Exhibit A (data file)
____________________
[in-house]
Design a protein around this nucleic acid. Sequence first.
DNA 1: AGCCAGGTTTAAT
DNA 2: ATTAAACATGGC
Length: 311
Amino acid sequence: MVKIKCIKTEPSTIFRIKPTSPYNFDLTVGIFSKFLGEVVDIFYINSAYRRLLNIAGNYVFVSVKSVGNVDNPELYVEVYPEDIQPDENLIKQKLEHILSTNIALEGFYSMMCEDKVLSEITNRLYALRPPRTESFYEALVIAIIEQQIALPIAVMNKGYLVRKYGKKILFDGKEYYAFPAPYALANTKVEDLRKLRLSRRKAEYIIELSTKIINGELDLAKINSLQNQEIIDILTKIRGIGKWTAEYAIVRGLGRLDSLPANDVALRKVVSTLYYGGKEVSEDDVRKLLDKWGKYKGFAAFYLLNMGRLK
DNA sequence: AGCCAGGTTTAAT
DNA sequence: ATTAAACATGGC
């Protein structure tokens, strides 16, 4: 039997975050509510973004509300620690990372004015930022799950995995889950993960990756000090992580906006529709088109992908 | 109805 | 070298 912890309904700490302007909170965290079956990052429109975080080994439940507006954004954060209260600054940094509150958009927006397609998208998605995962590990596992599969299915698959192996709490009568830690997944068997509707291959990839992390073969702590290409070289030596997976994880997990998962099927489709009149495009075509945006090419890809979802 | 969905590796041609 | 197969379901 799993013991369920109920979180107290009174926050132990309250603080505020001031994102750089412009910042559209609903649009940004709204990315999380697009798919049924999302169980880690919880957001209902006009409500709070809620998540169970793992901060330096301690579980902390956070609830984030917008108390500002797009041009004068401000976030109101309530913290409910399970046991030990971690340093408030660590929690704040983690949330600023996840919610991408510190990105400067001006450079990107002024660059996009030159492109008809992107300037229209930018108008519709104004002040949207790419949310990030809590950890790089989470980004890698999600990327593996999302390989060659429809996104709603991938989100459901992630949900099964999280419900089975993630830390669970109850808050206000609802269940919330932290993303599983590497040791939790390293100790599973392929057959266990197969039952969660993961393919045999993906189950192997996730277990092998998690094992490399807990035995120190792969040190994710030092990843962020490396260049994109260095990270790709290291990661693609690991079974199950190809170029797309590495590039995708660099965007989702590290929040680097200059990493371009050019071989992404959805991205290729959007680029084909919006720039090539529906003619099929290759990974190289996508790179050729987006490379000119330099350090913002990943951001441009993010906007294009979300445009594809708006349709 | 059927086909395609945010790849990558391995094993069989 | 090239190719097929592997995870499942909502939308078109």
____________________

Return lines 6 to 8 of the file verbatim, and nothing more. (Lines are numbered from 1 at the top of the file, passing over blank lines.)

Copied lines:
Amino acid sequence: MVKIKCIKTEPSTIFRIKPTSPYNFDLTVGIFSKFLGEVVDIFYINSAYRRLLNIAGNYVFVSVKSVGNVDNPELYVEVYPEDIQPDENLIKQKLEHILSTNIALEGFYSMMCEDKVLSEITNRLYALRPPRTESFYEALVIAIIEQQIALPIAVMNKGYLVRKYGKKILFDGKEYYAFPAPYALANTKVEDLRKLRLSRRKAEYIIELSTKIINGELDLAKINSLQNQEIIDILTKIRGIGKWTAEYAIVRGLGRLDSLPANDVALRKVVSTLYYGGKEVSEDDVRKLLDKWGKYKGFAAFYLLNMGRLK
DNA sequence: AGCCAGGTTTAAT
DNA sequence: ATTAAACATGGC